Thursday, April 6, 2017

more impressed with cephalopods than myself - taking consciousness to the next level!

Wired | Science Reveals Yet Another Reason Octopuses and Squid Are So Weird
OCTOPUSES ARE ALIENS living on Earth. They solve puzzles, use tools, and communicate with color. They also squirt ink, open jars, and occasionally pull a prank or two. Given their remarkable intelligence and cunning ways, it takes a lot to surprise the biologists who study these wonderful creatures and their equally weird cousins the squids and cuttlefish.
But when Stanford University geneticist Jin Billy Li heard about Joshua Rosenthal’s work on RNA editing in squid, his jaw dropped. That’s because the work, published today in the journal Cell, revealed that many cephalopods present a monumental exception to how living things use the information in DNA to make proteins. In nearly every other animal, RNA—the middleman in that process—faithfully transmits the message in the genes. But octopuses, squid, and cuttlefish (but not their dumber relatives, the nautiluses) edit their RNA, changing the message that gets read out to make proteins.
Subbing out one spot in the code may seem like a minor switcheroo, but it can change how—or whether—a protein functions. Theoretically, it changes the genome’s level of complexity: Humans possess just two copies of a given gene, but add a few RNA editing sites and the number of protein variants rises exponentially. An animal could use RNA editing to change how its proteins work if its environment changes. For instance, some RNA in squid get edited when the weather changes so that their proteins work properly at different temperatures.


  1. Xenoporphs:

    "Coleoid cephalopods “change the amino acid code, so you have a big diversification of the proteome, which you don’t see in any other animals,” Marie Öhman, who studies RNA editing in the mammalian brain at Stockholm University in Sweden and did not participate in the work, told The Scientist. “That it’s so extensive is really amazing.”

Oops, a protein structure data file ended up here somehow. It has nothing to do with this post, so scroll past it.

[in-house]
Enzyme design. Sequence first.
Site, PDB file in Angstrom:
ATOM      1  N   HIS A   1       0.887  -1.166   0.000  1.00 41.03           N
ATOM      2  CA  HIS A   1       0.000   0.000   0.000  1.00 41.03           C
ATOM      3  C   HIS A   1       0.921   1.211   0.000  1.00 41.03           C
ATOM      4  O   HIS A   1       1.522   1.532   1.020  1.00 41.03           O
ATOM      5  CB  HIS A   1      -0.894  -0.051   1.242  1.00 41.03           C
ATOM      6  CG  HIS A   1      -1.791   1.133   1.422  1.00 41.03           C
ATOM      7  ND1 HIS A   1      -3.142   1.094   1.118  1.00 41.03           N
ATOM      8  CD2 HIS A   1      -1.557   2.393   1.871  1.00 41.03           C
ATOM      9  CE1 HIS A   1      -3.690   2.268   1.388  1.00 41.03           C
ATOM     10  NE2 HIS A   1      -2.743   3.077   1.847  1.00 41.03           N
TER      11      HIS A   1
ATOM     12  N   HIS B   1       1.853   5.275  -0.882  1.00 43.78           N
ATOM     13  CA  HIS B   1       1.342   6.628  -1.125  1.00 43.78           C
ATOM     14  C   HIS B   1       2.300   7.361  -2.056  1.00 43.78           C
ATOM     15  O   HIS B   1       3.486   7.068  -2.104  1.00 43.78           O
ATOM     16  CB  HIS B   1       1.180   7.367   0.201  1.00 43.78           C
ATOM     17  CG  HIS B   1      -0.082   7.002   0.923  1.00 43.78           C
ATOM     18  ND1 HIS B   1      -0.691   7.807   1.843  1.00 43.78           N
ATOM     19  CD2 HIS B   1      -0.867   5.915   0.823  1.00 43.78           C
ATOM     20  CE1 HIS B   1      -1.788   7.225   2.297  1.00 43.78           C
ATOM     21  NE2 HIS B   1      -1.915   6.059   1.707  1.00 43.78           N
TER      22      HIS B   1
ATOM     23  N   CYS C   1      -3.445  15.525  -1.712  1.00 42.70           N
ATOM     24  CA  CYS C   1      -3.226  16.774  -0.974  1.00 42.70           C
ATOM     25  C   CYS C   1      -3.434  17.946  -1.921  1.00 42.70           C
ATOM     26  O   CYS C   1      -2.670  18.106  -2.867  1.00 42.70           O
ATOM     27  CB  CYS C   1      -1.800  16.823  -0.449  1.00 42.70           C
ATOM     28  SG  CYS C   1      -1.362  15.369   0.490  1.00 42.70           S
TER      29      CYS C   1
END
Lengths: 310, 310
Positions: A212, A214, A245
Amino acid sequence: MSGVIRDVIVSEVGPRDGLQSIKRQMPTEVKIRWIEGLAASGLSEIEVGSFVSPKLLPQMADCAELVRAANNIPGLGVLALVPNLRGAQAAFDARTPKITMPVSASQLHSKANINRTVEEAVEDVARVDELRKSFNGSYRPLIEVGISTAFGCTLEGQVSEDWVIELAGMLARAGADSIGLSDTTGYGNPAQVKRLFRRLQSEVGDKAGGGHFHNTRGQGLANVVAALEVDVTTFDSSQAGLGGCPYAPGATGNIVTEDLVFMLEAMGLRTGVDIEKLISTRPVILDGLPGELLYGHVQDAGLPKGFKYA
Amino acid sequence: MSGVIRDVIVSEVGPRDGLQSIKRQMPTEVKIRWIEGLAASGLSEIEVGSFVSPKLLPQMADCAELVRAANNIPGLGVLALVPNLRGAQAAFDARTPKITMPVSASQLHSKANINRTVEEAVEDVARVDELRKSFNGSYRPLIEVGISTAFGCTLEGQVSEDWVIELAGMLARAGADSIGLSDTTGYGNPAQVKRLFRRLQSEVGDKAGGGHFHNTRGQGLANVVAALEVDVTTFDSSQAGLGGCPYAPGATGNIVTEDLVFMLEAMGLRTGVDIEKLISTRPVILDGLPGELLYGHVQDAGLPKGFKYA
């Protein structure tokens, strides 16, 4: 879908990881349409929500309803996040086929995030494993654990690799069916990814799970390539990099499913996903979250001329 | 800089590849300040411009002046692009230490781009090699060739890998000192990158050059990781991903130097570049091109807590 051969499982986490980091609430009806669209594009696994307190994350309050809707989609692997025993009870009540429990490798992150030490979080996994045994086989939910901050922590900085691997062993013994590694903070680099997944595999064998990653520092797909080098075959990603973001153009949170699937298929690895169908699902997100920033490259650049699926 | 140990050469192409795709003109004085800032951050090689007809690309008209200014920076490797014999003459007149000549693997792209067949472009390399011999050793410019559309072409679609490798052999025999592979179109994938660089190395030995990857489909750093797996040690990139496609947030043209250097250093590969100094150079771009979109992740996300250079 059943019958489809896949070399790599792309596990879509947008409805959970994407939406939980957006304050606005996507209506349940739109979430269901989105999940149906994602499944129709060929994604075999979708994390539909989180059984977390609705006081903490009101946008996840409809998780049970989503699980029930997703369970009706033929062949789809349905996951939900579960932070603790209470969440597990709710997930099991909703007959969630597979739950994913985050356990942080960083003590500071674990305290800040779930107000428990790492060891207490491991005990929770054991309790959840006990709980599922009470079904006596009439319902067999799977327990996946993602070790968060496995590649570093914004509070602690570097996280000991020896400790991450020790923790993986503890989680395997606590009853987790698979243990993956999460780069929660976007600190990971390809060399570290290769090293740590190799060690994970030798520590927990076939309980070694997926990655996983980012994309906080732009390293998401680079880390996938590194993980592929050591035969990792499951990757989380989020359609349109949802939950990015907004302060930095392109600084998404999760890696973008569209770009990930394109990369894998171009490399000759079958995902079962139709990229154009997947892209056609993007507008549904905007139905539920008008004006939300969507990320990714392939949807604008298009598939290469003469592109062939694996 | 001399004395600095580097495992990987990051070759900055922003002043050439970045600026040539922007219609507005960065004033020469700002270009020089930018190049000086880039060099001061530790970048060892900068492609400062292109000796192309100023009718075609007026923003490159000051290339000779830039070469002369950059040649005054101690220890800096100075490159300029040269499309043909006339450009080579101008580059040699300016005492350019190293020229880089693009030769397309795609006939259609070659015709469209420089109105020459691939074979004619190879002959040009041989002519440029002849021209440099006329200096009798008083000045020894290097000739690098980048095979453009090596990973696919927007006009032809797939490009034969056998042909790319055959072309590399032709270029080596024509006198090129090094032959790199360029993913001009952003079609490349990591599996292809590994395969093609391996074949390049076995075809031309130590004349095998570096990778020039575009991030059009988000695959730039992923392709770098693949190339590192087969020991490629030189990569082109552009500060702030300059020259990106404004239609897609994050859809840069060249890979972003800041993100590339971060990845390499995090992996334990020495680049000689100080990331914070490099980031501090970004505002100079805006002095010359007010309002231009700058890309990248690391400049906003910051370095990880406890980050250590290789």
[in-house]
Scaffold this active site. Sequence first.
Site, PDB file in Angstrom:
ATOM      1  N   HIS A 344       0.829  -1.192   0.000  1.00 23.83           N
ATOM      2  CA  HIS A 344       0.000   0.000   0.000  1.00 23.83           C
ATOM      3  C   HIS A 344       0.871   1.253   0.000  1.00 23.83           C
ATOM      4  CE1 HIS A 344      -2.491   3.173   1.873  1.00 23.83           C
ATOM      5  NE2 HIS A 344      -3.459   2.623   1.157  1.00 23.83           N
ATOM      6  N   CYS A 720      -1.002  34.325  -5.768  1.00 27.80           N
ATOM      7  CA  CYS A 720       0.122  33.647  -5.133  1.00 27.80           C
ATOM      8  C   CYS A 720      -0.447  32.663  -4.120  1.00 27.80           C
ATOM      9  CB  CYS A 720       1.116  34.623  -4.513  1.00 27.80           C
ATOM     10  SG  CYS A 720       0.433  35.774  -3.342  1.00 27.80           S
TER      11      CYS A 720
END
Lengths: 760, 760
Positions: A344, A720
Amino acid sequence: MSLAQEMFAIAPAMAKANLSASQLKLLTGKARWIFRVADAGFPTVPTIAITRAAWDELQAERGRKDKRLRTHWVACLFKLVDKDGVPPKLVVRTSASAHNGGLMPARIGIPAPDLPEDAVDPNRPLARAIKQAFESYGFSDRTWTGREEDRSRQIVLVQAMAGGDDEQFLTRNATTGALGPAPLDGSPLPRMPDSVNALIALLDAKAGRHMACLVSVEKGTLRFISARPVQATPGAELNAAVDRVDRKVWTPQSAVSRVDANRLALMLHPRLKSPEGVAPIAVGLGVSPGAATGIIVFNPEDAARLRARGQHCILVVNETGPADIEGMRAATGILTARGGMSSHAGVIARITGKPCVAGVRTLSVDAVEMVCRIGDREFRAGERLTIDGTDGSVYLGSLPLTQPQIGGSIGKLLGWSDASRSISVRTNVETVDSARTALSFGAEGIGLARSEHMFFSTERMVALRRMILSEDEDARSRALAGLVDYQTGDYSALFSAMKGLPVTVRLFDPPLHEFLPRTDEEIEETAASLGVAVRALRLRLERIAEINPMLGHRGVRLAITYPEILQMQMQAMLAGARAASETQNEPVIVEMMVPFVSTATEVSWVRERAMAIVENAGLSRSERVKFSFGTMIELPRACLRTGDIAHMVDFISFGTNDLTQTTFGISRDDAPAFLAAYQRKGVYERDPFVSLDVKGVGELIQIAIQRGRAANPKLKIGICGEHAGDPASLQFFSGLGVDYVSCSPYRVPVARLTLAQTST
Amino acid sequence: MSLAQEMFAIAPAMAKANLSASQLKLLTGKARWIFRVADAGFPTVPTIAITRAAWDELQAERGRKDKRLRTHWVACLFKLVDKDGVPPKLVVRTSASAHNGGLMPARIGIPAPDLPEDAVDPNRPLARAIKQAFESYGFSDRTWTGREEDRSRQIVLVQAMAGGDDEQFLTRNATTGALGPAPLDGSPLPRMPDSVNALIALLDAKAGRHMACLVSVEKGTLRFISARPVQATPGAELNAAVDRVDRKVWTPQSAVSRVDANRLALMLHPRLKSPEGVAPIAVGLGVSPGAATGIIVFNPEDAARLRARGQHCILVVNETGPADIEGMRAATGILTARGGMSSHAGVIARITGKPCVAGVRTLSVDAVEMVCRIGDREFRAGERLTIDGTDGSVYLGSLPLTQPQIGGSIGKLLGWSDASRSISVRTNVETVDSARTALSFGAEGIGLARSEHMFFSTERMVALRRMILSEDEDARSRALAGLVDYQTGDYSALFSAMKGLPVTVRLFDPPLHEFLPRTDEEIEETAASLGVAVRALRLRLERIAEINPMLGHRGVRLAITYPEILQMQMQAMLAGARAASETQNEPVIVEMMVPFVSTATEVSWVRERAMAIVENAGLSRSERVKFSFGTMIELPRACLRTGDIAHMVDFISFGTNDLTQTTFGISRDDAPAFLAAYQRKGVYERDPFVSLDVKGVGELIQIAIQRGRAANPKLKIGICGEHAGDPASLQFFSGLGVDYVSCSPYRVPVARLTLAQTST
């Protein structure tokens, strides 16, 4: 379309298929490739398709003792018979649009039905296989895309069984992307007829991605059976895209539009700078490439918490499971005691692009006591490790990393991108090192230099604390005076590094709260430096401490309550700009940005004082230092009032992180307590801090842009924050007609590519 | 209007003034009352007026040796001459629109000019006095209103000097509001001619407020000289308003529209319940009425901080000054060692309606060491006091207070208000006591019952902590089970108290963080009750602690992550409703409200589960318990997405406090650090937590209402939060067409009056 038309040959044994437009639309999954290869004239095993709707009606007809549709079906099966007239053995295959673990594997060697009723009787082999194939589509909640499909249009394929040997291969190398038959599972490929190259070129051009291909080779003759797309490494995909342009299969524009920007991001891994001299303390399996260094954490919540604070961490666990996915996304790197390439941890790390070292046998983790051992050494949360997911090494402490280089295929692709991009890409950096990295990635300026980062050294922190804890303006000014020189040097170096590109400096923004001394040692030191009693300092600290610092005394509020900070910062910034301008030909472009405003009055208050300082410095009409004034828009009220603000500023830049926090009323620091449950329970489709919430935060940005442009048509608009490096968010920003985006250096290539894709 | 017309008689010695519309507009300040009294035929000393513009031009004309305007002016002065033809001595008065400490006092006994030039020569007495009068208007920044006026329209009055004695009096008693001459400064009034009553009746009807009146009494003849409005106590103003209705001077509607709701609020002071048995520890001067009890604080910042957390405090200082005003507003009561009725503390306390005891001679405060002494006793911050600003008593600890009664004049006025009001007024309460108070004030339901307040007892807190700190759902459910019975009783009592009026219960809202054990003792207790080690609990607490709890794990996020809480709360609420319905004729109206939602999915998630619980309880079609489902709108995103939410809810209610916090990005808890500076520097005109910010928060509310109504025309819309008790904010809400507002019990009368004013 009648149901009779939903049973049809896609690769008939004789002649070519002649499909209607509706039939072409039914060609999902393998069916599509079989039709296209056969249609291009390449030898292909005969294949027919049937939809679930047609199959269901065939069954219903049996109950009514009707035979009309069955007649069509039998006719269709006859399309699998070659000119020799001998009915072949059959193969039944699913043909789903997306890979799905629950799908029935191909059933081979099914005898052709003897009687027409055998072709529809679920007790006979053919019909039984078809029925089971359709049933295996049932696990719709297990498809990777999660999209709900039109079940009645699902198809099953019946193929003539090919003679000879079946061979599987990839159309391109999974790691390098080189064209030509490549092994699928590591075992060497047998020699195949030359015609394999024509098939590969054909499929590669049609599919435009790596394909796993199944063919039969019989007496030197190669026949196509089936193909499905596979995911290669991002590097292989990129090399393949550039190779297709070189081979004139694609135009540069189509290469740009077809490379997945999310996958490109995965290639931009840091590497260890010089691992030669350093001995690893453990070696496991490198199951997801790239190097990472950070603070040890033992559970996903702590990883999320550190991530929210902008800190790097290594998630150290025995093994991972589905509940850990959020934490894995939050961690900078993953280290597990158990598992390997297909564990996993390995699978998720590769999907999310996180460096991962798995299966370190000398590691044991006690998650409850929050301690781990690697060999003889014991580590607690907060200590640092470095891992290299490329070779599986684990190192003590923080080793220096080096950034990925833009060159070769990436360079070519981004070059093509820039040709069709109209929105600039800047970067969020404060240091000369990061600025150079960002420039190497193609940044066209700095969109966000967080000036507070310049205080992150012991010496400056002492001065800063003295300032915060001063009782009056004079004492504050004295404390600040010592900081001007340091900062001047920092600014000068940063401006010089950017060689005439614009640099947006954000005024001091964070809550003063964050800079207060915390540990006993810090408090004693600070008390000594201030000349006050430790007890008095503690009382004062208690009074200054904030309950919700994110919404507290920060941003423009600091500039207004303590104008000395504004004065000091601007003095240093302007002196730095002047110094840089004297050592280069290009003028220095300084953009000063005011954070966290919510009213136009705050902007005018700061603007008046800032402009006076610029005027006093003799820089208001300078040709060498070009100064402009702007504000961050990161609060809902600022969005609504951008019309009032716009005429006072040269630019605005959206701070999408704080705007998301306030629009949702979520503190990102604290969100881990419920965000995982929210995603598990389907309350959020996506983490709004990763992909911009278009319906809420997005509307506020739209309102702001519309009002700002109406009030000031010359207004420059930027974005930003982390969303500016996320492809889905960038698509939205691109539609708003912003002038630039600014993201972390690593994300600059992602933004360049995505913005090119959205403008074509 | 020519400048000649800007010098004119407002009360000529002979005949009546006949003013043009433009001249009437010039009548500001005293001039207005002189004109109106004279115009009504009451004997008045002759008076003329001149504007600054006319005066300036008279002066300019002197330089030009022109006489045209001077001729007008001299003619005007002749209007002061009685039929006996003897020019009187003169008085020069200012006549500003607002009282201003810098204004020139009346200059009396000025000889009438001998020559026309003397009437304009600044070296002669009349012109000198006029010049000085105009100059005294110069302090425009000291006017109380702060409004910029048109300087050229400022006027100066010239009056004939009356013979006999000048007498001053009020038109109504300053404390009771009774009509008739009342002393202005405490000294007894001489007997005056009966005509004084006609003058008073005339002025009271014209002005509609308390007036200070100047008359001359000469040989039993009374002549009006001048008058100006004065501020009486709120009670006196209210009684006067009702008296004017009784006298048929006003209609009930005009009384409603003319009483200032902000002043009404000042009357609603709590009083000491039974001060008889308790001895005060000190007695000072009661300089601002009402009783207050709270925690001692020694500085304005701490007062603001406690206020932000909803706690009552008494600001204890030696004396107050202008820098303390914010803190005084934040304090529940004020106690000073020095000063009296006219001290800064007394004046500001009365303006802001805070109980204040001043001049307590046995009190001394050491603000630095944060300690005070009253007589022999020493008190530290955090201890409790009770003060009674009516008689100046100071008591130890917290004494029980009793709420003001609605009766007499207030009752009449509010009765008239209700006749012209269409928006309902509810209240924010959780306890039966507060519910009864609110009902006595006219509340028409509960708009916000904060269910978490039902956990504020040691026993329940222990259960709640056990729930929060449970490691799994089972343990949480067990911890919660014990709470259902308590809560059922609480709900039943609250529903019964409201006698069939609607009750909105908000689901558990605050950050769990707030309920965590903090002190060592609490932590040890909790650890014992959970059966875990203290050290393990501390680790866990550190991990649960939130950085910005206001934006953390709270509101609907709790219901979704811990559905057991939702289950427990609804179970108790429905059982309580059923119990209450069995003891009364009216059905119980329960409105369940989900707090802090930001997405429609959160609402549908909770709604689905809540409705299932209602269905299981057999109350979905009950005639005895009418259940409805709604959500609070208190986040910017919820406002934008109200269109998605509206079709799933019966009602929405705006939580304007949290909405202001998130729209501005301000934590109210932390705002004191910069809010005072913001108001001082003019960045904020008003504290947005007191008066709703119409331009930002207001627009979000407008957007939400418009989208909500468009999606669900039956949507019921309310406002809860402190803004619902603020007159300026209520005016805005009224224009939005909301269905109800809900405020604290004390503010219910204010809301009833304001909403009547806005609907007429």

“When we started looking into this we really didn’t know if this massive recoding was more of a bug or more of a feature,” said coauthor Noa Liscovitch-Brauer, a postdoc at Tel Aviv University in Israel. “What we show here is that it is probably advantageous, and this is something special that only they do.”

    “Most organisms have very few functional [editing] sites in coding regions,” said coauthor Eli Eisenberg of Tel Aviv University. “This is why we find it so unusual and surprising that in squid, octopus, and cuttlefish, we see exactly the opposite.”

  2. This here is very exciting gain-of-function isht. They change their RNA function based on environmental feedback. Damn. All the genetic engineering going on should take a look at what these beings are up to.

  3. More on the denizens of r'lyeh

  4. Are you suggesting that it's a dead-end?

  5. Nah, I don't believe that evolution proceeds by random mutation. But then, have cephalopod mollusc forms changed dramatically over the course of geologic time?

  6. They haven't. However... they seem incredibly adaptive to a number of different environments. My biggest interest is that it's a new tool to add to the human-driven G.O.D. toolset and maybe an exemplar for protein modification.